Again, the Brits Discover Seattle

Not this again. First it was Everett True and grunge. Now it's Lynn Shelton and mumblecore. The Guardian is falling all over her locally shot indie Humpday, a film we like but which isn't exactly landmark cinema. But, oh, it was made in Seattle! The land of grunge! From which Everett True once reported on Nirvana and company. So that must mean something, right?

The Guardian's Jason Solomons gushes that Humpday "with its risqué humour and realistic dialogue, typifies a new breed of low-budget American independent film about to refresh the mainstream with a breezy energy and honesty not seen for a generation." And later, after much industry blather, he continues, "I believe a new American indie sector has sprung up, almost unnoticed, away from the old hubs of LA and New York."

And where might that be, you ask...?

Get ready for it:

"Former backwaters such as Seattle and Austin have become hotbeds of new talent. Both have film cultures that have benefited from burgeoning music scenes, one artistic medium feeding another," writes Solomons.

Jesus fucking Christ! How many dusty back issues of Variety and Movieline did he have to read to drag out that tired thesis? The same story gets written every year! (And surely Solomons read this one, too.) But it gets better...

"They're both towns with a strong sense of community, where leading lights such as Austin's Richard Linklater continue to host monthly movie nights at local theatres and make themselves available to help upcoming talents."

Excuse me? Linklater made Slacker in 1991, during the height of the alterna-grunge era. Not exactly a "generation" ago. And remind me who else has broken out of Austin besides Robert "Spy Kids" Rodriguez.

In support of his very recycled thesis, Solomons pulls one quote (canned? phoner? in person?) from Shelton: "It's very simple. We had the cameras, we had the script and the actors, we borrowed some houses and rented a motel room and we shot a film. It makes you wonder what they do all day in Hollywood, doesn't it?"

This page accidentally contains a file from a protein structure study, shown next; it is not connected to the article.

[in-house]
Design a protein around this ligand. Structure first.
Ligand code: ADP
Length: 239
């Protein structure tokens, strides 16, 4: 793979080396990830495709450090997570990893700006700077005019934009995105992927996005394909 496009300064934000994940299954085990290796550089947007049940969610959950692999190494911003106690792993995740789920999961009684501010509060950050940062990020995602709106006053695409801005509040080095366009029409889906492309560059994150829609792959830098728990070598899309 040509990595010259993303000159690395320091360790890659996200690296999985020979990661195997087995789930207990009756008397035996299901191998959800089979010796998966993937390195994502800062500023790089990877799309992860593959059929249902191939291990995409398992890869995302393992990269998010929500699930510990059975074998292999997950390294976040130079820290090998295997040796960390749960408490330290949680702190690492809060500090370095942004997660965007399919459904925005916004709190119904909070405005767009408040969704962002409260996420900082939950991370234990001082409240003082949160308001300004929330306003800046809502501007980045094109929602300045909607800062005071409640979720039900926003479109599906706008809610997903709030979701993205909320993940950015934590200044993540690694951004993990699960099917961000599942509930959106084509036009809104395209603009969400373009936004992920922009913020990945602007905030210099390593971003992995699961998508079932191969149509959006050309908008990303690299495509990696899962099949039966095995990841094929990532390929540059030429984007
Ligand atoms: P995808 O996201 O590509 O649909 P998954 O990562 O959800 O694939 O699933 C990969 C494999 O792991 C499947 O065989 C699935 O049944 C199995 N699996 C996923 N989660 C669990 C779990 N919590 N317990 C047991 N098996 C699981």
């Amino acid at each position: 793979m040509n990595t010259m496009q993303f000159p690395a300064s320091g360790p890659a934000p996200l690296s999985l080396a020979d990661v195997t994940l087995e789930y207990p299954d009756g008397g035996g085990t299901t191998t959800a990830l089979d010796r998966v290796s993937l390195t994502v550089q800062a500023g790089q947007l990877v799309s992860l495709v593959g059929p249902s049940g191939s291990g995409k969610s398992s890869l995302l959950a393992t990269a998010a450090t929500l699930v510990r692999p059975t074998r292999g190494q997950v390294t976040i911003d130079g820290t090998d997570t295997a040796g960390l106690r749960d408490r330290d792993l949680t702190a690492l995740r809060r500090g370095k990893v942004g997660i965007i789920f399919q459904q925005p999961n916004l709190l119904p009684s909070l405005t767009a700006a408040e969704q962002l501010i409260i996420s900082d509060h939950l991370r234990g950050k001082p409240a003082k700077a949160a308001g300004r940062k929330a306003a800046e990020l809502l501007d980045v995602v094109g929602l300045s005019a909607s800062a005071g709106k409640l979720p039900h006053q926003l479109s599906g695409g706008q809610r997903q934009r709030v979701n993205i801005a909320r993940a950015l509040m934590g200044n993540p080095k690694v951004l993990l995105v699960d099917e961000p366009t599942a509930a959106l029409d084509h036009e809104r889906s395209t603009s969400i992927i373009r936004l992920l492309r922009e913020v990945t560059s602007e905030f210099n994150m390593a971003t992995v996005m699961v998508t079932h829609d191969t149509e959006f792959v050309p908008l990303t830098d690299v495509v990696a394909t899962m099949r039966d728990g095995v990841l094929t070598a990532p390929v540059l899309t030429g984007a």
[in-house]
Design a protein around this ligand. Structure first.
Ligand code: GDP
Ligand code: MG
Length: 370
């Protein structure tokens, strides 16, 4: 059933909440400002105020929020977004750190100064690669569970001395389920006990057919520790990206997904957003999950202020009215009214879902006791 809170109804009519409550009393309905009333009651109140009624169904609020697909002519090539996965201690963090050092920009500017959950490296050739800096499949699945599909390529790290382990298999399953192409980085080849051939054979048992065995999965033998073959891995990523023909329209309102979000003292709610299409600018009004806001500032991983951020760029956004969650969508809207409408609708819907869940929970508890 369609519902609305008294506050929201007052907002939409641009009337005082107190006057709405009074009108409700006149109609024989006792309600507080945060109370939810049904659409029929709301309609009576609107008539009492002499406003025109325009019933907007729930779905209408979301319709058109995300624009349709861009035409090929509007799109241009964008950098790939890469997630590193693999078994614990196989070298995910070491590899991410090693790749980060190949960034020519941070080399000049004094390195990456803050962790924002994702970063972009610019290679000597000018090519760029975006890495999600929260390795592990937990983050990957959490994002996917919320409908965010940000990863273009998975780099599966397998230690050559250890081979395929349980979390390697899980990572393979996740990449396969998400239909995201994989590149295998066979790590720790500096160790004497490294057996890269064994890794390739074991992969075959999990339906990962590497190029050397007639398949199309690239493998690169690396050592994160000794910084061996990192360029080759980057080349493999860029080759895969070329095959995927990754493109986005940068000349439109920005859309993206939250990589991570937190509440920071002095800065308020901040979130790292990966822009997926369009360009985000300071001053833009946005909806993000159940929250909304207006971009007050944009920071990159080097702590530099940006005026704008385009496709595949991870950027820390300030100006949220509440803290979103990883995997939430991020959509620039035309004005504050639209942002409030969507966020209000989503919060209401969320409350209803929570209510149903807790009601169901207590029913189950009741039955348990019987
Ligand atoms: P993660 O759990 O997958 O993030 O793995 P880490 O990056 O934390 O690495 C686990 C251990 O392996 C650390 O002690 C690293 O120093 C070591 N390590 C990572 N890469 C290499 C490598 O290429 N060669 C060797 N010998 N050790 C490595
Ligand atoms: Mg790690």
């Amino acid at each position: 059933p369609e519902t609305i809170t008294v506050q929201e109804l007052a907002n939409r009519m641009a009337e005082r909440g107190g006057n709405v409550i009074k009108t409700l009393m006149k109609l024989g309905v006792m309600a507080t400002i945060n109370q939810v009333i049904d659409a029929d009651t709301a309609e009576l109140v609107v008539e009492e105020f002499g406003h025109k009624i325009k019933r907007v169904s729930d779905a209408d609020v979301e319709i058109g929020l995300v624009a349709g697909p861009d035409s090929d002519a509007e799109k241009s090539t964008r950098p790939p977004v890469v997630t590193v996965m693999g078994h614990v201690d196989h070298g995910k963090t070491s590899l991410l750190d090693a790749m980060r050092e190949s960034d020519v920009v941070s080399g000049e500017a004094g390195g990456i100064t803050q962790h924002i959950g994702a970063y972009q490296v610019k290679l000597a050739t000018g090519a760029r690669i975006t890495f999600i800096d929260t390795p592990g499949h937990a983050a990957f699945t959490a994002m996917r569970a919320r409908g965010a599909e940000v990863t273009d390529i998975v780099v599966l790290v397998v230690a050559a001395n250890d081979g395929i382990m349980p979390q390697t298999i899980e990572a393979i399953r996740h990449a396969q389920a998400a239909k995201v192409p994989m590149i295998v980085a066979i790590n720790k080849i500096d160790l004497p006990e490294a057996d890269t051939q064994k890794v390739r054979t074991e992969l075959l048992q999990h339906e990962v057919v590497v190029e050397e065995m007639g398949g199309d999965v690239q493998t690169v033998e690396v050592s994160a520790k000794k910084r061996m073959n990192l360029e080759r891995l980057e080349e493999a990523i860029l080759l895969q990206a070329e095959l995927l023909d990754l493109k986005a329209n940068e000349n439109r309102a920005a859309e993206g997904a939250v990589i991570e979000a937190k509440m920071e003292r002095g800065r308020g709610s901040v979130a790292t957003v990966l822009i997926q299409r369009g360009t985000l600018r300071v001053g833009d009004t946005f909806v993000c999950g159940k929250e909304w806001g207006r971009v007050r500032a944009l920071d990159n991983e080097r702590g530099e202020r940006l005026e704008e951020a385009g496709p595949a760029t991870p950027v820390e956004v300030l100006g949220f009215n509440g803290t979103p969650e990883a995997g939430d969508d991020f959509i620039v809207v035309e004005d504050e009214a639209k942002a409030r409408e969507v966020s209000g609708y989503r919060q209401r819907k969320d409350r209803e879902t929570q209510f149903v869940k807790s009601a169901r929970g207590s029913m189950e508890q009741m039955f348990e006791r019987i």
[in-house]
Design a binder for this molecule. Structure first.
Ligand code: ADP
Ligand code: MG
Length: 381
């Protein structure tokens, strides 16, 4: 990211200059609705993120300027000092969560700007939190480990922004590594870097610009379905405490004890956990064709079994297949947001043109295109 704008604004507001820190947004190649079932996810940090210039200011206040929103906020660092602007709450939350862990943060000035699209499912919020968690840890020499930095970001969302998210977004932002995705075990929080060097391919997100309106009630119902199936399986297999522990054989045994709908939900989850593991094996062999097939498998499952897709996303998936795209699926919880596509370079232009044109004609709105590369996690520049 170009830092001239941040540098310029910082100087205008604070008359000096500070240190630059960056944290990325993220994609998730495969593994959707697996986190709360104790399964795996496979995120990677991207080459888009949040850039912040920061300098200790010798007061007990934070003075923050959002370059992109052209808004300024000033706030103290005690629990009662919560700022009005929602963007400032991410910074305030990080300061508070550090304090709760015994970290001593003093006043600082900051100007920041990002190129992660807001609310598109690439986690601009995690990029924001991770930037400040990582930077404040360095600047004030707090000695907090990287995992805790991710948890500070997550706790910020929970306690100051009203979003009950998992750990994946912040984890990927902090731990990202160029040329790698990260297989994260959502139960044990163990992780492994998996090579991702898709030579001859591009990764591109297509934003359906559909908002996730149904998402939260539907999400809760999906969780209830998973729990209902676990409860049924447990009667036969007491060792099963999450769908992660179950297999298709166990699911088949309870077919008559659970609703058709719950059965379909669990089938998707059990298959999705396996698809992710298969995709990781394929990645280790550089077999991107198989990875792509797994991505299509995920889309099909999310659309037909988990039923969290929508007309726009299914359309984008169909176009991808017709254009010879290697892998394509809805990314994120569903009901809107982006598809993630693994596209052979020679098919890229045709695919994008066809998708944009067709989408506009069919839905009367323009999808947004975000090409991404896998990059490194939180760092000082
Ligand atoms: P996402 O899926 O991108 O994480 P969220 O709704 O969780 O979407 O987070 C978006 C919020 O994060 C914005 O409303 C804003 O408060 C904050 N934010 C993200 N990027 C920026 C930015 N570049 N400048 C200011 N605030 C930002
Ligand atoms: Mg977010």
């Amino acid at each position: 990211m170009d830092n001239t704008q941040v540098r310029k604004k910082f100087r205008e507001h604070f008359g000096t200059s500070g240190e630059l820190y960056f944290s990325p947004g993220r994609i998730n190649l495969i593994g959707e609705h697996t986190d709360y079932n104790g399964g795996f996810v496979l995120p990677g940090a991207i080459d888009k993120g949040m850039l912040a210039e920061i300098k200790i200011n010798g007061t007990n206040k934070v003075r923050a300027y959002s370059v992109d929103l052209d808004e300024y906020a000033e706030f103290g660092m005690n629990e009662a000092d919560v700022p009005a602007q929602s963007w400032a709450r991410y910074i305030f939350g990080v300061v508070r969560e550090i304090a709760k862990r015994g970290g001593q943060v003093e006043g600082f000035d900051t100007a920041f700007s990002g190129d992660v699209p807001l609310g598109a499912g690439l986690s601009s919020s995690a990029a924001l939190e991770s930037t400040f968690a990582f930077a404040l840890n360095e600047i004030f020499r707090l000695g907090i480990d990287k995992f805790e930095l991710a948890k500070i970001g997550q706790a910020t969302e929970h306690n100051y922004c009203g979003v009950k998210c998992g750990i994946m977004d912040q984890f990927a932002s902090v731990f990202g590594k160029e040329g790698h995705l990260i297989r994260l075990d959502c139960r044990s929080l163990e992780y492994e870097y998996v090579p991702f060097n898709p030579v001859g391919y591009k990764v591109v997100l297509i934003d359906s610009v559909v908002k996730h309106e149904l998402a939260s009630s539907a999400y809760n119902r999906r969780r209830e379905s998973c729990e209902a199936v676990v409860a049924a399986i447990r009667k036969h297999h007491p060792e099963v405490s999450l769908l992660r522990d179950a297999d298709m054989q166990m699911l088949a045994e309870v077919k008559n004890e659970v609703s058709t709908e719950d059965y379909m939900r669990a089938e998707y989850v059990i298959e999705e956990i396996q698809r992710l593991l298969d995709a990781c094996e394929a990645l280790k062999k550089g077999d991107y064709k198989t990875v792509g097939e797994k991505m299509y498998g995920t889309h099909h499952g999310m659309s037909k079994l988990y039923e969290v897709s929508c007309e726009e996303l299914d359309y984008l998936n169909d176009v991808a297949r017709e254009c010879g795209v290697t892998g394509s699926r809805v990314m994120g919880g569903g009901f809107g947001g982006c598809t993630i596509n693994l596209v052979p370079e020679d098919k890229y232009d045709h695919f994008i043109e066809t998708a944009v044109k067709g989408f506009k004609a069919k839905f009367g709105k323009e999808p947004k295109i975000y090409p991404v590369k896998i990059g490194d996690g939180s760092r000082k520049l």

Well, no, because Hollywood isn't interested in making movies about two straight guys sitting in a hotel room talking about whether to have sex or not. Granted, the very charming and capable Shelton makes a lot more sense when interviewed at length.

Meanwhile, Solomons barges on with his thesis ("The new wave of indies hasn't got a name yet") and decides that mumblecore or indie won't do--he instead coins "nubie," good luck with that. But what else is coming out of the supposed nubie hotbeds of Austin and Seattle? He doesn't name a single Seattle film or director apart from Shelton. At least, back in the grunge era, there were a couple other bands besides Nirvana. Remember?

And while Solomons points to the SXSW film festival in Austin, he conveniently omits SIFF. Because, A) he's surely never been; and B) for those of us who do regularly attend, it's a struggle (a struggle!) every year to identify a single good breakout local feature. And Shelton premiered Humpday at the high-altitude indie haven of Sundance, not SIFF or SWXW.

Are there really regional centers of indie--er, nubie--filmmaking? Are Joe Swanberg and Andrew Bujalski and the Duplass brothers all camped on the same turf? And is Shelton really one of their tribe? Or what about Portland's Kelly Reichardt? If they have anything in common, it's not geographic proximity. And whether toiling in mumblecore or neo-neorealism (per The New York Times' A.O. Scott), these are artists working on the fringes, not in clusters.

Big cities like NY and LA are always going to be cultural centers, for film and the rest of the arts. While satellites like Austin and Seattle may well have unique regional concentrations of taste, of indie film appreciation (see: SIFF, Scarecrow, the Grand Illusion, Northwest Film Forum, and the Landmark). But that was true in the '80s and '90s and beyond. There's always a burgeoning local film scene that never quite burgeons. There's always a small coterie of directors whose work gets national distribution. And it always remains relatively small; one comes in the door, and the next leaves for L.A. (or leaves the field entirely).

Which means we can look forward to The Guardian writing the same story about Seattle, whether on our music or our movies, in another "generation."

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